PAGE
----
Local Voters Nationwide Asked to Fund Beefed-Up School Security
After 17 students and staff members were shot dead at Marjory Stoneman Douglas High School in Parkland, Fla., earlier this year, state legislators rushed to set up school safety blue ribbon panels and push bills that mandated more frequent shooter drills, the hiring of more school resource officers, and the arming of teachers.
But most states have traditionally left to local officials to fund one of the most vital aspects of school safety: building security.
Come Election Day, districts in Arizona, Colorado, Idaho, Mississippi, and Utah, among other places, will ask their local voters to approve facilities spending that includes features such as new door locks, alarm systems, bulletproof windows, and metal detectors.
It's exceedingly difficult to track all of the many local property tax increase requests and borrowing requests that will be on voters' ballots next week.
But examples from around the country give a glimpse at what local officials are seeking in their quest to "harden" school buildings in the wake of this year's horrific shootings in Parkland, in Sante Fe, Texas, Charlotte, and elsewhere.
In Mississippi, the Harrison County school system, which which incorporates parts of Gulfport and Biloxi, will be asking voters to approve a $55 million bond to, among other things, pay for buzz-in systems and double doors in schools where, at the current time, "people can walk in unnoticed," according to district officials.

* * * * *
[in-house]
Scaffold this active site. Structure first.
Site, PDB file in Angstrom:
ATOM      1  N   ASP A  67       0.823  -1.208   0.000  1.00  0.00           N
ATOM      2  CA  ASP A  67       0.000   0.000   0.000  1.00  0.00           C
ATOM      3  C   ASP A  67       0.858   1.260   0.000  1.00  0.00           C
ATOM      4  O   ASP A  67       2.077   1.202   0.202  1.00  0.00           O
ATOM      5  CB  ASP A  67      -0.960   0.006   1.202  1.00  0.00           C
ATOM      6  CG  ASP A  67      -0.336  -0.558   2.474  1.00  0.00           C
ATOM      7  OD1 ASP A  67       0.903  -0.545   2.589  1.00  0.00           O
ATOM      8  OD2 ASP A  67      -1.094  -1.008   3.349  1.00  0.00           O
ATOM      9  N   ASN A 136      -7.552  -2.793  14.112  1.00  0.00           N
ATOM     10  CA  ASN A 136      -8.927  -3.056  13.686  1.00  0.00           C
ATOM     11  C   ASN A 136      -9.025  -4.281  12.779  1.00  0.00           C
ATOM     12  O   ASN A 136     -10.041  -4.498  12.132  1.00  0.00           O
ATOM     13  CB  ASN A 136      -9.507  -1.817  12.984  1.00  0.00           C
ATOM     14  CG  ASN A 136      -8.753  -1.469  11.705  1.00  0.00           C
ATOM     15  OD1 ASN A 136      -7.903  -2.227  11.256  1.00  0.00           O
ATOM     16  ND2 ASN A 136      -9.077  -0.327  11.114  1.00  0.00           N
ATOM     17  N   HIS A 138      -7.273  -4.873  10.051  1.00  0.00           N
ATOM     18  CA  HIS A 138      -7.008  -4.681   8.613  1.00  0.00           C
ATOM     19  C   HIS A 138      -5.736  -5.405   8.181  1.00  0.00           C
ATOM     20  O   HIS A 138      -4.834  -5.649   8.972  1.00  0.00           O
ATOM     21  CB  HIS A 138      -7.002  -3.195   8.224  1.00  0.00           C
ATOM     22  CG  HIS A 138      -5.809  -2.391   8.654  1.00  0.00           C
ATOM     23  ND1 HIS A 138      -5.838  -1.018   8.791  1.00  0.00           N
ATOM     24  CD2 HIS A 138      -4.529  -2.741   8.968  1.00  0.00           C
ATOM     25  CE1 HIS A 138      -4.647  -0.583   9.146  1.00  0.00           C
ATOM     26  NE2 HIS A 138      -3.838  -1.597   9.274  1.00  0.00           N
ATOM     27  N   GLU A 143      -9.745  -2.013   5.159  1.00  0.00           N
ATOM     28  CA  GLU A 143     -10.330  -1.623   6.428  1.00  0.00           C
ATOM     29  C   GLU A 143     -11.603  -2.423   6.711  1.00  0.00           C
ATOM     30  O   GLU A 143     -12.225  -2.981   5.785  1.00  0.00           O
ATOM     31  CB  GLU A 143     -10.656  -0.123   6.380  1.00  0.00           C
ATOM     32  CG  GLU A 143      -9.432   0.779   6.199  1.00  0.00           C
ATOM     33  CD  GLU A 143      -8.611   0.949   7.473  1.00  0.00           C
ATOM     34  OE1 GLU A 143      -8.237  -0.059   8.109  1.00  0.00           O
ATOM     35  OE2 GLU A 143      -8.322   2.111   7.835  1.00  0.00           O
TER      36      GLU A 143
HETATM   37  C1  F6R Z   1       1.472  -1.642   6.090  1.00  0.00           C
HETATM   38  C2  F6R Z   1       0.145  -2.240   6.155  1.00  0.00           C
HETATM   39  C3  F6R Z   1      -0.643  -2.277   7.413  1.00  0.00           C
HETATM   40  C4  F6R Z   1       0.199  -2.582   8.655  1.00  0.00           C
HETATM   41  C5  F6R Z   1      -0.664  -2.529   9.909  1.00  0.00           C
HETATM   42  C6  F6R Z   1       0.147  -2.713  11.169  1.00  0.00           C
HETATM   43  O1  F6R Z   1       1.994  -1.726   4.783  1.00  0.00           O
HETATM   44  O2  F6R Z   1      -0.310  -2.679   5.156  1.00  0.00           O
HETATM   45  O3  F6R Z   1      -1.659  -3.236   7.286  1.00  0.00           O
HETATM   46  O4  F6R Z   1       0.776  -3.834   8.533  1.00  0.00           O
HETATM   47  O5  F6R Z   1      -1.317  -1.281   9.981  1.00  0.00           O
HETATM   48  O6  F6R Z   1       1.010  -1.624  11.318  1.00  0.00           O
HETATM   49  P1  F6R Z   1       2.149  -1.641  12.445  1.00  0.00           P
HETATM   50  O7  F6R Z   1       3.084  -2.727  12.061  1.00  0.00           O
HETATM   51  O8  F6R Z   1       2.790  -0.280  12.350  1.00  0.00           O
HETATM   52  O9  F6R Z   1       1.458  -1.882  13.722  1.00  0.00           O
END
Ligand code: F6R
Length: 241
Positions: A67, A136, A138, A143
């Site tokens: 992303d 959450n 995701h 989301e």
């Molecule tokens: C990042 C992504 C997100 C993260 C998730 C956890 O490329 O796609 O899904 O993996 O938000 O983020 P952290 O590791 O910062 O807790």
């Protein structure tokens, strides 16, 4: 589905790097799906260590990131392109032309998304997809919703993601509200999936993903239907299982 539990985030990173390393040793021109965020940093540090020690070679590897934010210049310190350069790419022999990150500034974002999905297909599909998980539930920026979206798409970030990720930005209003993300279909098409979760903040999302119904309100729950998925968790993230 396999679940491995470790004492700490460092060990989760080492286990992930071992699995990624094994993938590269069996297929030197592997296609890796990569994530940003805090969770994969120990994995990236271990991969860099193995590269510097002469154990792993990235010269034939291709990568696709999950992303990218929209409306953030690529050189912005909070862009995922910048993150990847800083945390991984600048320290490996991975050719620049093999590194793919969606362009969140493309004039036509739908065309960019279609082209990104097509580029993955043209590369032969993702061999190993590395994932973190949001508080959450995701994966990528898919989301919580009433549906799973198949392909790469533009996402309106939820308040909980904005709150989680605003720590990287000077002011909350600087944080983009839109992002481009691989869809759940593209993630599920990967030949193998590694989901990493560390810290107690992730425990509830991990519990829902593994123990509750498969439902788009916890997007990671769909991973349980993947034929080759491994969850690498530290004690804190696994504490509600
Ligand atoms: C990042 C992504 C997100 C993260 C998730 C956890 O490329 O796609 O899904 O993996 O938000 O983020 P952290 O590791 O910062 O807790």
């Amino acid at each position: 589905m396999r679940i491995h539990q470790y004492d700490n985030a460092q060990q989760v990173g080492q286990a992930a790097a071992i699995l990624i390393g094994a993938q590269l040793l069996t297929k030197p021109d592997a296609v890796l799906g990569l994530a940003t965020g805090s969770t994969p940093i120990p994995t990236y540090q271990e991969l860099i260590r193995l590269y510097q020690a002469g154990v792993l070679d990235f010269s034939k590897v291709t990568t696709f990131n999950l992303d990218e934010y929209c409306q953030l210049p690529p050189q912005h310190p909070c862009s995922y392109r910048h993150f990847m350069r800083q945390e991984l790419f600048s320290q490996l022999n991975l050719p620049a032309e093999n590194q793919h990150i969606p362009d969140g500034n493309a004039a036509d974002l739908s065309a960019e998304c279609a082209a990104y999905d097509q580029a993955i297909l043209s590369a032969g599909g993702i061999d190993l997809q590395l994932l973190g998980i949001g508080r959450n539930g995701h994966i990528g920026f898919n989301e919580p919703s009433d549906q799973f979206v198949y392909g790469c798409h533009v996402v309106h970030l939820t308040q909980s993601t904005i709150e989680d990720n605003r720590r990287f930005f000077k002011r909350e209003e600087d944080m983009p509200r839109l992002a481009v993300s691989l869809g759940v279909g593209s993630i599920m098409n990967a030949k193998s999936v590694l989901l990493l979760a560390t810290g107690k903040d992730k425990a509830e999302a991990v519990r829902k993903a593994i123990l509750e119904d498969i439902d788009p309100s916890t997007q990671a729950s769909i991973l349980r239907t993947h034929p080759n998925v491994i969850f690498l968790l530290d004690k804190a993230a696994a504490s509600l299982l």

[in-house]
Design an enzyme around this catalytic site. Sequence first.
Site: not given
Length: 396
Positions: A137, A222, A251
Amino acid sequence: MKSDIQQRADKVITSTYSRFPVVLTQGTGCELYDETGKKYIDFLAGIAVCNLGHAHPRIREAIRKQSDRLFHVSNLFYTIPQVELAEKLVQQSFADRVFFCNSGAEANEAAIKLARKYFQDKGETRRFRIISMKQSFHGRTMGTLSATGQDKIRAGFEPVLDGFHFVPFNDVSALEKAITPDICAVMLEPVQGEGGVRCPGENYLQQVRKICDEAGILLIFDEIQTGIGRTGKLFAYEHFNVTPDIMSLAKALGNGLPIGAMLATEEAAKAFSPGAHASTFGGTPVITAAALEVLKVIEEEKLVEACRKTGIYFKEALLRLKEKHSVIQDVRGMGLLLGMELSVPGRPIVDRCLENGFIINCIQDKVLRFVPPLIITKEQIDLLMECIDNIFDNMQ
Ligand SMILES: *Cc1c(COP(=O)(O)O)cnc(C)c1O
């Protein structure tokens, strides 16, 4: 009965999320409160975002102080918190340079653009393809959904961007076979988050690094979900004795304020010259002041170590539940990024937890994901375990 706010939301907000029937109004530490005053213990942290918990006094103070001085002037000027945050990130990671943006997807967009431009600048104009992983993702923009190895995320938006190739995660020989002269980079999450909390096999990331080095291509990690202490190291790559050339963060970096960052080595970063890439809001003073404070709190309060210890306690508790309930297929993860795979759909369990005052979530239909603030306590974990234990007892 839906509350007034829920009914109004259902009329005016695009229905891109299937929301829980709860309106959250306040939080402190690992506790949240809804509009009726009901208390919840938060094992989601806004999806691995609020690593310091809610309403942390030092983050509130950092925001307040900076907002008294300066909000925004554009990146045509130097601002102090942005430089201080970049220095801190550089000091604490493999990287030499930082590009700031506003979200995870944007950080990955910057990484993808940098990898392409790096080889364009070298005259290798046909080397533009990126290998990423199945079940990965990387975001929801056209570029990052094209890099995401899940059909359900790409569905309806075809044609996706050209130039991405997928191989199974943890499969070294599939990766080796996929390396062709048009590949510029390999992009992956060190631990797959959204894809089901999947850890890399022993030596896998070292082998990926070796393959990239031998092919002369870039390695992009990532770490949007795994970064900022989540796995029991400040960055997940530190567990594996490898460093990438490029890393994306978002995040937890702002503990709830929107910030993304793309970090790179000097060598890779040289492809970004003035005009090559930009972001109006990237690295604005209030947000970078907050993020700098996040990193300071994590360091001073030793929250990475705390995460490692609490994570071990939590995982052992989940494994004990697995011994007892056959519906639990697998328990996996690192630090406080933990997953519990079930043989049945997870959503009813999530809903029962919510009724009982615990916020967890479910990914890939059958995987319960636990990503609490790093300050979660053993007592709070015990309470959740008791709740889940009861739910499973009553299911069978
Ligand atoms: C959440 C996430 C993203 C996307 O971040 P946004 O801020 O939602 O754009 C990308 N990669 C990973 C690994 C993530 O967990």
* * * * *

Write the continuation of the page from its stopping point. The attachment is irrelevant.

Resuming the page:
Middleton School District in Idaho will be asking voters to provide more than $2.7 million to make security upgrades to all of its schools.
Iron County schools in Utah will ask voters to provide the district with $91.5 million, of which $4 million will be used for security upgrades and video surveillance equipment in 15 of the district's schools.
As we've noted here at Education Week, states have long neglected to fund maintenance, upgrades, and construction of new buildings. Of the $50 billion Americans spend on maintenance and school construction each year, almost 85 percent of school costs come from local coffers, according to the 2016 "State of our Schools" report from the National Council on School Facilities, the U.S. Green Building Council, and the 21st Century School Fund. An estimated $197 billion is needed to get America's schools in "good condition," according to the study.
Local public school advocates have had a hard time getting buy-in from voters typically hostile to more taxes. That's led to an uneven landscape across America. Where a child lives could ultimately determine how modern— or secure— his or her school is.
Even so, local officials have told me that the Parkland shooting and the ongoing national debate over whether teachers should carry guns has placed school security at the top of voters' minds this election season. As a result, many officials are pairing building maintenance and new school construction with new security gadgets.
A case in point: In Loveland, Colo., Thompson District officials are asking voters to take out a $149 million loan that, in addition to building a new K-8 school and upgrading schools' ventilation systems, would upgrade all its schools' security systems.
"Safety sells well," school board member Pam Howard recently told a gathered group of teachers getting ready to canvass in support of the ballot measure. "This will benefit all students."